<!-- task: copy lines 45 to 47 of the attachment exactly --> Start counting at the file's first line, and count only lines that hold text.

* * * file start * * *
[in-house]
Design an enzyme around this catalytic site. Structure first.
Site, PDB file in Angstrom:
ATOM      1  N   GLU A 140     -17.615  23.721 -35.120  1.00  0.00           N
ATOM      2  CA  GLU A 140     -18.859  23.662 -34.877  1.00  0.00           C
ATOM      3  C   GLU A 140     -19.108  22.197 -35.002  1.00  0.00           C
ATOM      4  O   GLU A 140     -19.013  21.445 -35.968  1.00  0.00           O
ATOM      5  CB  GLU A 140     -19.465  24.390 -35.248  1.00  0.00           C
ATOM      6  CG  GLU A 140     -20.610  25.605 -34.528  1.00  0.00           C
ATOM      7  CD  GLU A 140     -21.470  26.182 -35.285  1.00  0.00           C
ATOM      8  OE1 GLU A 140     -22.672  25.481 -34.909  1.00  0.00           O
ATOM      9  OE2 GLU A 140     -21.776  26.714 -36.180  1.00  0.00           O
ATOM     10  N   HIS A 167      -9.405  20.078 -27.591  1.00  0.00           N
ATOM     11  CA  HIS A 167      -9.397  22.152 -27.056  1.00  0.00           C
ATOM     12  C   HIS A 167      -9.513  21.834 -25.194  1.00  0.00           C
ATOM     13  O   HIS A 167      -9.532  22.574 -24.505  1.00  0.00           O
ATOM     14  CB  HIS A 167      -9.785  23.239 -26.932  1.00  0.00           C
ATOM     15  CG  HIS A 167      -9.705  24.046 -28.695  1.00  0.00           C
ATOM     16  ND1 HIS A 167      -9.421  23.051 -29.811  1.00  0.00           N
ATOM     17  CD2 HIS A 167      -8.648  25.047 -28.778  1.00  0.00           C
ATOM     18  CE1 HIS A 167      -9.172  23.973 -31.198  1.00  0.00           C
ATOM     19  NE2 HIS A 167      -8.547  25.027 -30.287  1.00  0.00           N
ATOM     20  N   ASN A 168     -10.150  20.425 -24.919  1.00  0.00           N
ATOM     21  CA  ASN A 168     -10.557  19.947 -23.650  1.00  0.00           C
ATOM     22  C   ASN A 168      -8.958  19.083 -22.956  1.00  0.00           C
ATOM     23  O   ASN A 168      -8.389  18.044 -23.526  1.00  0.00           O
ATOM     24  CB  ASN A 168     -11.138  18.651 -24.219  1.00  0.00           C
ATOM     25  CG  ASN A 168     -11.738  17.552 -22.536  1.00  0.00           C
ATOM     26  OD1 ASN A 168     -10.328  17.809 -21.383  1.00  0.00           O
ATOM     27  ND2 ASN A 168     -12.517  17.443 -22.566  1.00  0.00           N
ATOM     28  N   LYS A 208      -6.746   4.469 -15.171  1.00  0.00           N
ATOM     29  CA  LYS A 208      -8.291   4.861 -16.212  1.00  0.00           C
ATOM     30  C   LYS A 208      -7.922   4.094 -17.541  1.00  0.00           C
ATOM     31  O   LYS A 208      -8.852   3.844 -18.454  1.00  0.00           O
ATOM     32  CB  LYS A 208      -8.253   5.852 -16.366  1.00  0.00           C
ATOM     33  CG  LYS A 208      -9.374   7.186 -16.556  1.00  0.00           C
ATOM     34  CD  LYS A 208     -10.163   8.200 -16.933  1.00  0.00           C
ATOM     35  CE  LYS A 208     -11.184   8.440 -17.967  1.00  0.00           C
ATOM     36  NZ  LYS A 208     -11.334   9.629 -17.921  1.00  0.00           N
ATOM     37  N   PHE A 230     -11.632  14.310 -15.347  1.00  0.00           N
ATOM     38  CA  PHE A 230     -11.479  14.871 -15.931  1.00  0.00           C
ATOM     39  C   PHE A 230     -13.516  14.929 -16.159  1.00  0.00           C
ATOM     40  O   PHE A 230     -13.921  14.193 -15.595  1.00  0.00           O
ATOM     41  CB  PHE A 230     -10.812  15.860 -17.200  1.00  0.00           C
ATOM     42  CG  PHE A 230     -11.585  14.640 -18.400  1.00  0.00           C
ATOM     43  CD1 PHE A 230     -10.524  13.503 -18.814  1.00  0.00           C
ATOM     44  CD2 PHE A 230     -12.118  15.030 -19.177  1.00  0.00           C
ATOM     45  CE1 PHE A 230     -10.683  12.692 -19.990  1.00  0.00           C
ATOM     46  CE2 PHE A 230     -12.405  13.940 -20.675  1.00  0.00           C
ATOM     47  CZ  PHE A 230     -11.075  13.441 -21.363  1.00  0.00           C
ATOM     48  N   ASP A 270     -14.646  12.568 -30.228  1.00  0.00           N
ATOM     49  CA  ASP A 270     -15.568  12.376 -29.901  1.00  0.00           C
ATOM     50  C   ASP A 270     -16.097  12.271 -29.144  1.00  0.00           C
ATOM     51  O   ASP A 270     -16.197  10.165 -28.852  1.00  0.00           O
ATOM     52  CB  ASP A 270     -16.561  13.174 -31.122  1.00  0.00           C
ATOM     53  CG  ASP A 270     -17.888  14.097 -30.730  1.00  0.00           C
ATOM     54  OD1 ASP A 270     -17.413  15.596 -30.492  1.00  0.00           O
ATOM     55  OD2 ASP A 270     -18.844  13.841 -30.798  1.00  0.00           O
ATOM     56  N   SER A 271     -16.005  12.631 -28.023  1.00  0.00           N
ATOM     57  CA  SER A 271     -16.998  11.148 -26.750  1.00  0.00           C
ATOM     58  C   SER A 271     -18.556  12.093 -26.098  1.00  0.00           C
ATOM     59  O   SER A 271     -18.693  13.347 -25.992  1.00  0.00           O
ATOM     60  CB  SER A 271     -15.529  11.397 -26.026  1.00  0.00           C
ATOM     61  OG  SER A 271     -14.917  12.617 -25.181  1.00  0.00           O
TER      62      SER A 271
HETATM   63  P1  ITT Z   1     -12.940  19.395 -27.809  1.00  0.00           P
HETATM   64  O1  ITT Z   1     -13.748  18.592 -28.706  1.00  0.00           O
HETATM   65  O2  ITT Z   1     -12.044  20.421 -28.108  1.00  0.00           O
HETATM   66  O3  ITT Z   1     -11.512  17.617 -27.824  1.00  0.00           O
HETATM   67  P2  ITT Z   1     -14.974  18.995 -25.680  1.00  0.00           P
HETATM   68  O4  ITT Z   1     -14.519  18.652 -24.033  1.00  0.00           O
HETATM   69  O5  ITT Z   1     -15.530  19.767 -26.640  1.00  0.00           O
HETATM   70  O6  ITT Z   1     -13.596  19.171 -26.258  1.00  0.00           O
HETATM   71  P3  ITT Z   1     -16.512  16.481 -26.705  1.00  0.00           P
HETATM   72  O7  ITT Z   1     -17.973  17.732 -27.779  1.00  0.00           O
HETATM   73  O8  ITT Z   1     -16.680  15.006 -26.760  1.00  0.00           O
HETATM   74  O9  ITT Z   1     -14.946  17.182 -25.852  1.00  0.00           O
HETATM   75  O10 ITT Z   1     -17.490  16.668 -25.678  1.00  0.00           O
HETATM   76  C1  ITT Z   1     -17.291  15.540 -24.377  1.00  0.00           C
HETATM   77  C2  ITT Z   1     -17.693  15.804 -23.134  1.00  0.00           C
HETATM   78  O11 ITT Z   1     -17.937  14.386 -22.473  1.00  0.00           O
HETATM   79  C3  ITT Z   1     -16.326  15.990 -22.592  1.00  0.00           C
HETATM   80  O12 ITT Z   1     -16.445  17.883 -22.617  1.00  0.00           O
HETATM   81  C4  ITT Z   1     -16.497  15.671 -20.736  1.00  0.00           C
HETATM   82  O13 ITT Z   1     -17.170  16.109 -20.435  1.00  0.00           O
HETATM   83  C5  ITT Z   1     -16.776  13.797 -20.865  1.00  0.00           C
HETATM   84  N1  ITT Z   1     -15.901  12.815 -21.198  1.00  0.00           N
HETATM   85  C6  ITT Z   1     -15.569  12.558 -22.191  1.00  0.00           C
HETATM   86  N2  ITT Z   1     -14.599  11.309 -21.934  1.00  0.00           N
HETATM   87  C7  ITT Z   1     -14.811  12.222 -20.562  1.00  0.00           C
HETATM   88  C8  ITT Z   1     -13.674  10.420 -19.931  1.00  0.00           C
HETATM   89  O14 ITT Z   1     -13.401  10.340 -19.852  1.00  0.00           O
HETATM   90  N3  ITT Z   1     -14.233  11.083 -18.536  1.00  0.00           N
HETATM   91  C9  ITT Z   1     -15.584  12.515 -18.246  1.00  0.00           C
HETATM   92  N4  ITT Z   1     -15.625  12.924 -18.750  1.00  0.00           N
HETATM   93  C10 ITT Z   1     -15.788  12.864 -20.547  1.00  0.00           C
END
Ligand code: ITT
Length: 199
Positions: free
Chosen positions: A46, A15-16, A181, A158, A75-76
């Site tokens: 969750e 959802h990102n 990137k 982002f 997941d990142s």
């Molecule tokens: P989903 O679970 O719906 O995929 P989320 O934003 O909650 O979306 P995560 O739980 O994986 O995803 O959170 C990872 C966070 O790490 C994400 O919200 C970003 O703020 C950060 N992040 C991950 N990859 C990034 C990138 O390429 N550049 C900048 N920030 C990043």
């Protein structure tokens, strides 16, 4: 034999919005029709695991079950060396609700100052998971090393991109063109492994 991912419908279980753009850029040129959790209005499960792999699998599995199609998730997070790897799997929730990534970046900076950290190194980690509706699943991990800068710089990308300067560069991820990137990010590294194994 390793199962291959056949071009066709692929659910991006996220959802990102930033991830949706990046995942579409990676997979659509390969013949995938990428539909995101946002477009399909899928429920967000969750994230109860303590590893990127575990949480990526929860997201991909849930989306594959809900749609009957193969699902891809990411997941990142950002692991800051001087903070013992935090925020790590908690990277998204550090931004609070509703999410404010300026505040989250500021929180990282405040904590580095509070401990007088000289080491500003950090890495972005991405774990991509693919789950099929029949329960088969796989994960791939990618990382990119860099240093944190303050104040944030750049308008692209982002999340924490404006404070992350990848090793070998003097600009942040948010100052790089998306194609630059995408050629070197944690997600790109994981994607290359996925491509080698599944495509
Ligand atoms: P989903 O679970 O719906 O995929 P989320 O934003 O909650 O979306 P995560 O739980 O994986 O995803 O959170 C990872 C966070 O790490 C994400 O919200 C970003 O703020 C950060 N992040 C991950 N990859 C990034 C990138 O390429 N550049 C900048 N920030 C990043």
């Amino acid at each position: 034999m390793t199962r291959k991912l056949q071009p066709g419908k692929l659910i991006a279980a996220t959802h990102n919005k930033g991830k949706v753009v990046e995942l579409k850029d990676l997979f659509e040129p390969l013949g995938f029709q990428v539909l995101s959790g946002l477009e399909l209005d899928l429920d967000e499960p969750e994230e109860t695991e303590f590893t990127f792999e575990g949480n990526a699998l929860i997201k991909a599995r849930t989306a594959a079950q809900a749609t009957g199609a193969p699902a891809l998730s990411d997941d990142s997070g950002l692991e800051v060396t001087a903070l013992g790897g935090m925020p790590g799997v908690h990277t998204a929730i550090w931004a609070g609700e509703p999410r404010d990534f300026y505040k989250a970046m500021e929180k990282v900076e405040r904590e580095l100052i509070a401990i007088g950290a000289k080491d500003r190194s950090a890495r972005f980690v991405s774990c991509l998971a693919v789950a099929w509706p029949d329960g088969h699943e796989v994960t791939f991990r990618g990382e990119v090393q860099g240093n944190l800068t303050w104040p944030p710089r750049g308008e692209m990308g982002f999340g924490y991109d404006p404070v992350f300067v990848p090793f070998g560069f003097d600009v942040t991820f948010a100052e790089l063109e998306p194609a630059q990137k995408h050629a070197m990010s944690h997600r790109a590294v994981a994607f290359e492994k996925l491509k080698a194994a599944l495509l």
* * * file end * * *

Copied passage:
ATOM     42  CG  PHE A 230     -11.585  14.640 -18.400  1.00  0.00           C
ATOM     43  CD1 PHE A 230     -10.524  13.503 -18.814  1.00  0.00           C
ATOM     44  CD2 PHE A 230     -12.118  15.030 -19.177  1.00  0.00           C